3. Perhaps I'm having troubles with recording levels and I'm having brief, transient clipping going on? (It seems this would be obvious if this was happening and I would have noticed this when monitoring levels, but maybe I have not be paying close enough attention?)

4. Maybe my microphones (or microphone placement?) or recorder are at fault?
Recording 1: Rode NT1A pointing at about the bridge, Rode NT pointing at the 14th fret. Plugged into Zoom R24. Processed in Garageband.

Recordings 2 and 3: Rode NT1A pointing at about the bridge, Rode M3 pointing at the 12th or 14th fret. Plugged into Presonus Firebox, feeding into Garageband.

All microphones about 1 to 2 feet in front of the guitar (the farthest was in the third recording above).

I've read threads where people have complained about some of the Rode microphones giving an overly bright sound, but I have also read about the NT3 in particular being a good guitar microphone...

5. Maybe I'm introducing problems in post-processing (with compression, etc).... BUT, I hear the harshness problem in this pretty much completely unprocessed recording, particularly after about 50 seconds: https://www.youtube.com/watch?v=xe7WxFURuQU (recorded the same as recording 3 above).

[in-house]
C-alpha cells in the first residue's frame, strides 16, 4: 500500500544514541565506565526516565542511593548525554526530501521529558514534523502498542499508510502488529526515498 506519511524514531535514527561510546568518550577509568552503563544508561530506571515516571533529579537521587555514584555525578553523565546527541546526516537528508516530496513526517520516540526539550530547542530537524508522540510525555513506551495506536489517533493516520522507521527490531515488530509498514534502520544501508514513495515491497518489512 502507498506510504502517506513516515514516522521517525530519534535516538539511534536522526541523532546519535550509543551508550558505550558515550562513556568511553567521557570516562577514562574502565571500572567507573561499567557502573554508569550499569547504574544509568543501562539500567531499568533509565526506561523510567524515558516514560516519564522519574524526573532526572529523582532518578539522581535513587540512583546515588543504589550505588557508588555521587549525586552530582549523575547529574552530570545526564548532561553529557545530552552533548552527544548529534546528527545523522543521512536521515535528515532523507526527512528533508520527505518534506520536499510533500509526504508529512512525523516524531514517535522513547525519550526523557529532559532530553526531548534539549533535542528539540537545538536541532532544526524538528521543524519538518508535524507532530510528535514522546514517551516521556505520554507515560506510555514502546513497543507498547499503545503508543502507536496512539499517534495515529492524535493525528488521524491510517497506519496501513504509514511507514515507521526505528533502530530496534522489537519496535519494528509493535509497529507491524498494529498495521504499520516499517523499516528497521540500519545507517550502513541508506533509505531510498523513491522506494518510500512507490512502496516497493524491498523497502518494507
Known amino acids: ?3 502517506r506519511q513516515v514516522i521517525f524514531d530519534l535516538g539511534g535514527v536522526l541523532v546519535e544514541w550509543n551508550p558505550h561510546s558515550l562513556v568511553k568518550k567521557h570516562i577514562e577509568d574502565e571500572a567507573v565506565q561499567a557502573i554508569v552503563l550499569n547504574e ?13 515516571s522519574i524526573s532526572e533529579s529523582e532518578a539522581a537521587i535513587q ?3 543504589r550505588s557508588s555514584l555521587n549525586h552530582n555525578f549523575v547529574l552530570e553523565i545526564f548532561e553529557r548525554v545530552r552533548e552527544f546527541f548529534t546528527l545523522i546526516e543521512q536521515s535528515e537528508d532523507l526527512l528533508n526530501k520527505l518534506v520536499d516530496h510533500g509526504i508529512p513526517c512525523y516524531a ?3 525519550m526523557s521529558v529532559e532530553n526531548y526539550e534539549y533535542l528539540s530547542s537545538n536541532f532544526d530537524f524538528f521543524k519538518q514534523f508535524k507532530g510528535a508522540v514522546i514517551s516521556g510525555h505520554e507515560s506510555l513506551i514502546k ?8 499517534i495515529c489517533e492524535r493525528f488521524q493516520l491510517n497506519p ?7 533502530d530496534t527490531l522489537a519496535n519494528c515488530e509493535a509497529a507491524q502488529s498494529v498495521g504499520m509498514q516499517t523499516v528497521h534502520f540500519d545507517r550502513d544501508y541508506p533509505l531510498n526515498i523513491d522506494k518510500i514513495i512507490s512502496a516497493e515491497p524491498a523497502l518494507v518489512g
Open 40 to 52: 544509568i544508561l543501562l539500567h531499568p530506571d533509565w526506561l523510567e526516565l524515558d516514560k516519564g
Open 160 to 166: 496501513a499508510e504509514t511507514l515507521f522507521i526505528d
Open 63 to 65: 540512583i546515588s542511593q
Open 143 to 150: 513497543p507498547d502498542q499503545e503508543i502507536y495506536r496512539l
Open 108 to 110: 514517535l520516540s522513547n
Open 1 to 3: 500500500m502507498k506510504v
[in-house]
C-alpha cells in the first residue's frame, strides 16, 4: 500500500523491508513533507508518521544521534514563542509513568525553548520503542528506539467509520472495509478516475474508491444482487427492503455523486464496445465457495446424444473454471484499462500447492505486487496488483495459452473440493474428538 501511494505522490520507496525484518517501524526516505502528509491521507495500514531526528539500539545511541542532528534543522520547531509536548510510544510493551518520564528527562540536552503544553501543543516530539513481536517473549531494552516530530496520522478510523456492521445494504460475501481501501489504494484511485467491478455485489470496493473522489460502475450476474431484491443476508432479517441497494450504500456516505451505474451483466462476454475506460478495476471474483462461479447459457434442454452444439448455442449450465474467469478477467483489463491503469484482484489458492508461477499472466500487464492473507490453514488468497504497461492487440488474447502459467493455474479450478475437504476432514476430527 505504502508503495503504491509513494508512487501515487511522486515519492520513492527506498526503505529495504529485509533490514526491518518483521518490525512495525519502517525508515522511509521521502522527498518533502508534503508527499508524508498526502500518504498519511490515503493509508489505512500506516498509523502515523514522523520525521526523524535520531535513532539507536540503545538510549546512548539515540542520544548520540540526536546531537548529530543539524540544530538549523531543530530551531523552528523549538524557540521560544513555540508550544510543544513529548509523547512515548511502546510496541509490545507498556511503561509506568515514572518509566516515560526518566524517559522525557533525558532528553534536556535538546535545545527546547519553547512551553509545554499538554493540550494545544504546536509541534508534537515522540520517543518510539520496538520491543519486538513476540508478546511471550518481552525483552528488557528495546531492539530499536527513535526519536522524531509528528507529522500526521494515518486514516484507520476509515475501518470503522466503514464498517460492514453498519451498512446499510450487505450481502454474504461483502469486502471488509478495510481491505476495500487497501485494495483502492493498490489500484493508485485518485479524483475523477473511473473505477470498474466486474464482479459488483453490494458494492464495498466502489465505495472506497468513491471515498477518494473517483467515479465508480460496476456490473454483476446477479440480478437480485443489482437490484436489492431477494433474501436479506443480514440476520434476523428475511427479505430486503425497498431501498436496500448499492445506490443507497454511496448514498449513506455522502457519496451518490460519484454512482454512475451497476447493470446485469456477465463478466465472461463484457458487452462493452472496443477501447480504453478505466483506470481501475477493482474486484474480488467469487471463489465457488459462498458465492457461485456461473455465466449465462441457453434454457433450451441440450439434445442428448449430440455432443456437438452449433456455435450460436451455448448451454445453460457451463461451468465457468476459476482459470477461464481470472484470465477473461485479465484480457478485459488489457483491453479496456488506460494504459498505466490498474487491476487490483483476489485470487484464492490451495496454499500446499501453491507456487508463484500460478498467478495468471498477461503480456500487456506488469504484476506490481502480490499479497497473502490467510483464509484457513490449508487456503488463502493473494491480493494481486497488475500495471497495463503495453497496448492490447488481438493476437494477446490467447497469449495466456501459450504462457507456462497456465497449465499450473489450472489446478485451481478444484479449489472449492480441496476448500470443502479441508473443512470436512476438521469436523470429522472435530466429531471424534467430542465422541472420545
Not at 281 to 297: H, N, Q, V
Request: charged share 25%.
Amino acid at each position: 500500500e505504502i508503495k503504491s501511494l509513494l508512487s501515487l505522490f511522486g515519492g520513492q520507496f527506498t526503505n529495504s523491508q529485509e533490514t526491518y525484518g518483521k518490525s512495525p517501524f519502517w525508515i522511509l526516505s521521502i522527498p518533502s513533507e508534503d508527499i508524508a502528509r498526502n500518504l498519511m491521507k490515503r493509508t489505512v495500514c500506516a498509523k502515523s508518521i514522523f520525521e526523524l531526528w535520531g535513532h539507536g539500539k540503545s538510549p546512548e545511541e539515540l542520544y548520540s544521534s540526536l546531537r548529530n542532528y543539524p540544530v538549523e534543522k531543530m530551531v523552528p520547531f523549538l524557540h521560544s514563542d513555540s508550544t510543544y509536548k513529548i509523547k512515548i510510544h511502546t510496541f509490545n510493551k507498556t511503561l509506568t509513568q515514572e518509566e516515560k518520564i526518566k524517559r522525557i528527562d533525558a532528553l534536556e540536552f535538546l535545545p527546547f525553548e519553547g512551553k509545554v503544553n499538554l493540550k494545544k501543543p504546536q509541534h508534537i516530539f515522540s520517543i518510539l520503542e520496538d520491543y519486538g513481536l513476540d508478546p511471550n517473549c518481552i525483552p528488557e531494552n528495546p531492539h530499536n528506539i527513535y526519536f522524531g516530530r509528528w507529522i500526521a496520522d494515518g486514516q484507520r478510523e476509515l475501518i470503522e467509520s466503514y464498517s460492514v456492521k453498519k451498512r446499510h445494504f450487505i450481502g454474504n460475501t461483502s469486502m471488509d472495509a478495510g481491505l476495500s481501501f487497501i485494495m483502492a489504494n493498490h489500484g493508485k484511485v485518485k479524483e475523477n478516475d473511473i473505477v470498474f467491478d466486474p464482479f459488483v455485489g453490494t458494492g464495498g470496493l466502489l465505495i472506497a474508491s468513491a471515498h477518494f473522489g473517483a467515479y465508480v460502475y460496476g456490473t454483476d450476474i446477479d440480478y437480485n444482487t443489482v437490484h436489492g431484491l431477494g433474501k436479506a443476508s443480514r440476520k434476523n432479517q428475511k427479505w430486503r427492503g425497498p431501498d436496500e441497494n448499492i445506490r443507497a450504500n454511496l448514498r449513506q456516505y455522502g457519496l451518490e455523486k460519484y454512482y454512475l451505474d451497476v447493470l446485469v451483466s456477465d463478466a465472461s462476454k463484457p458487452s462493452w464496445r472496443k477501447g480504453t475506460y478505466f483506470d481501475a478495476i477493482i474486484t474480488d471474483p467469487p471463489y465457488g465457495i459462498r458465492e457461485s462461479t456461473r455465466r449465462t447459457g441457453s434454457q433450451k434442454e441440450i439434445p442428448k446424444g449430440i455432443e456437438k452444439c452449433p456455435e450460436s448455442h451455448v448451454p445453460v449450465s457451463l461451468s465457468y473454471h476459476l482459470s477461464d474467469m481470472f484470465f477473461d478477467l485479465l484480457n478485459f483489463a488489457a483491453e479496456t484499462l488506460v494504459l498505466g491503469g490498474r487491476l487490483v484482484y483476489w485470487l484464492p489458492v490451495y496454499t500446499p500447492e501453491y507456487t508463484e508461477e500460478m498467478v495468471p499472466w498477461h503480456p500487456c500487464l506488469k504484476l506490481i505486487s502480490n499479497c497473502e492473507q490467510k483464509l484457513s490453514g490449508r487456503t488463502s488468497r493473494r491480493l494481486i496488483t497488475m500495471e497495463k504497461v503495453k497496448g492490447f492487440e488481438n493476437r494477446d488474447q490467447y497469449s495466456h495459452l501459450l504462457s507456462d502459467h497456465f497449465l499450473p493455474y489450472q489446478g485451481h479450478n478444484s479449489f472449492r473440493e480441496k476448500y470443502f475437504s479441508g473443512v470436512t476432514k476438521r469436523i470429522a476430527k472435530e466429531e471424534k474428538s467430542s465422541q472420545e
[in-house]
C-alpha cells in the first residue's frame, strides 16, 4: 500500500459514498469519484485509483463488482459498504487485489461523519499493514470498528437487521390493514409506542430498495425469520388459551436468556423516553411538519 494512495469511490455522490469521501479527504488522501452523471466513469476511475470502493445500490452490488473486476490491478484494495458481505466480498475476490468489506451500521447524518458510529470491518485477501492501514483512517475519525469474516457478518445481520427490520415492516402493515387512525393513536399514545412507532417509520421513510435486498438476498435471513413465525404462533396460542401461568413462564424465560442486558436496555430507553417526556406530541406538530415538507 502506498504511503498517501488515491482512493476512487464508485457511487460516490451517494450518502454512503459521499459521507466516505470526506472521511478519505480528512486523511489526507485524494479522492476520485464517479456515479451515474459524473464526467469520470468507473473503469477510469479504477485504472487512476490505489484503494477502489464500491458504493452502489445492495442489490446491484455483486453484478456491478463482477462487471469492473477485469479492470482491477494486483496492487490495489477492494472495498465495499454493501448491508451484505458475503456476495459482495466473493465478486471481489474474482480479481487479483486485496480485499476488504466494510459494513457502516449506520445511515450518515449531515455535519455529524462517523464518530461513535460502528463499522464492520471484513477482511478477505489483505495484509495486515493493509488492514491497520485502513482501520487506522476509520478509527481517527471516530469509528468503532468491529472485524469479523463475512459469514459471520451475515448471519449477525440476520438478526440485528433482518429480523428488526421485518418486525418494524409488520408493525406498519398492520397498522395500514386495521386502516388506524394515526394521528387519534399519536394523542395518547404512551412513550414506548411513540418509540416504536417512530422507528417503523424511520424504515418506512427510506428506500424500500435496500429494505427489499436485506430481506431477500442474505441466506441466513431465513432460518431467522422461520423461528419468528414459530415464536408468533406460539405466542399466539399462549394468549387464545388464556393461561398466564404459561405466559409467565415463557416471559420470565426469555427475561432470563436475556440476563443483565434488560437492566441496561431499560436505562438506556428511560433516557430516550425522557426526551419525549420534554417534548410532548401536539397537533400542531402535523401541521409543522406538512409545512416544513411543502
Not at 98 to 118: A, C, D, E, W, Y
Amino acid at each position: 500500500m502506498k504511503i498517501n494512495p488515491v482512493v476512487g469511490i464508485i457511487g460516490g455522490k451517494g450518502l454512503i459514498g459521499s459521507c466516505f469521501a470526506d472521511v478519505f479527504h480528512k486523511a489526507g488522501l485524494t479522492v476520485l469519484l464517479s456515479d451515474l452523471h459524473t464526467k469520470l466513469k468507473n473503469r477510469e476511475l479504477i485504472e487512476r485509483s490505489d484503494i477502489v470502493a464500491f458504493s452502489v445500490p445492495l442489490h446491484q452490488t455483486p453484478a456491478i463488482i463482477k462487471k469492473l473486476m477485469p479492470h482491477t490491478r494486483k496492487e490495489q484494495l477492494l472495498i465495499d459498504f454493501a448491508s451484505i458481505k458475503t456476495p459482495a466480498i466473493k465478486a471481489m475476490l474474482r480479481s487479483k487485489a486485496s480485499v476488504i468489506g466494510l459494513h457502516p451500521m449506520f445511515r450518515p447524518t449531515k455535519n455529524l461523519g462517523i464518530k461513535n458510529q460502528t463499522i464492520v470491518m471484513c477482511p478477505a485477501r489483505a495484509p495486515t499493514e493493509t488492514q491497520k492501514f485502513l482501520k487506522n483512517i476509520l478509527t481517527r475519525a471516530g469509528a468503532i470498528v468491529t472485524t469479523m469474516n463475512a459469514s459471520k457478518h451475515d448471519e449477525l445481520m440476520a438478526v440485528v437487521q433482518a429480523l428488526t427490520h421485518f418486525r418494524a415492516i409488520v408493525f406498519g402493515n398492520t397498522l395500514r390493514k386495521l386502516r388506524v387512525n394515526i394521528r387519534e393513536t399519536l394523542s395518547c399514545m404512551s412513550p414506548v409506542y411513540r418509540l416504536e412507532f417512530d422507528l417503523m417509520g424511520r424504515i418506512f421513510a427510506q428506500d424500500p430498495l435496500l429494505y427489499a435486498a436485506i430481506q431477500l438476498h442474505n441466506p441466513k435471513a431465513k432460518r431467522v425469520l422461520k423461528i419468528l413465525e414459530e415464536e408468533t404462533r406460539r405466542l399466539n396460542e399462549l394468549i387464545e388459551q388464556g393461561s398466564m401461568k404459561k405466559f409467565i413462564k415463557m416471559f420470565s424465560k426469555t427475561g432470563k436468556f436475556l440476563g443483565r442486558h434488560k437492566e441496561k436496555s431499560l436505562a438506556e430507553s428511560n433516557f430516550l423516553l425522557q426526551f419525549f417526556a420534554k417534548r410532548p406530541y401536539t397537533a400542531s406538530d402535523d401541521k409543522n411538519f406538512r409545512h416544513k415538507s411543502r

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Old 04-10-2014, 12:10 PM
Fran Guidry Fran Guidry is offline
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Referring only to the last, unprocessed, example the level seems quite hot to me if you did not raise the level in post. Which makes me think you're trying to "use all the bits" in your tracking by going for a very high level. This makes your recording quite vulnerable to clipping, and digital clipping might be the source of your issue.

I experienced three breakthroughs in my recording - room treatment, tracking level reduction, and experience. My first few years of recording were spent trying to get tracking levels as high as possible and learning to use lower levels resulted in much more satisfactory results.

Fran
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Old 04-10-2014, 12:50 PM
wcap wcap is offline
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Quote:
Originally Posted by Fran Guidry View Post
Referring only to the last, unprocessed, example the level seems quite hot to me if you did not raise the level in post. Which makes me think you're trying to "use all the bits" in your tracking by going for a very high level. This makes your recording quite vulnerable to clipping, and digital clipping might be the source of your issue.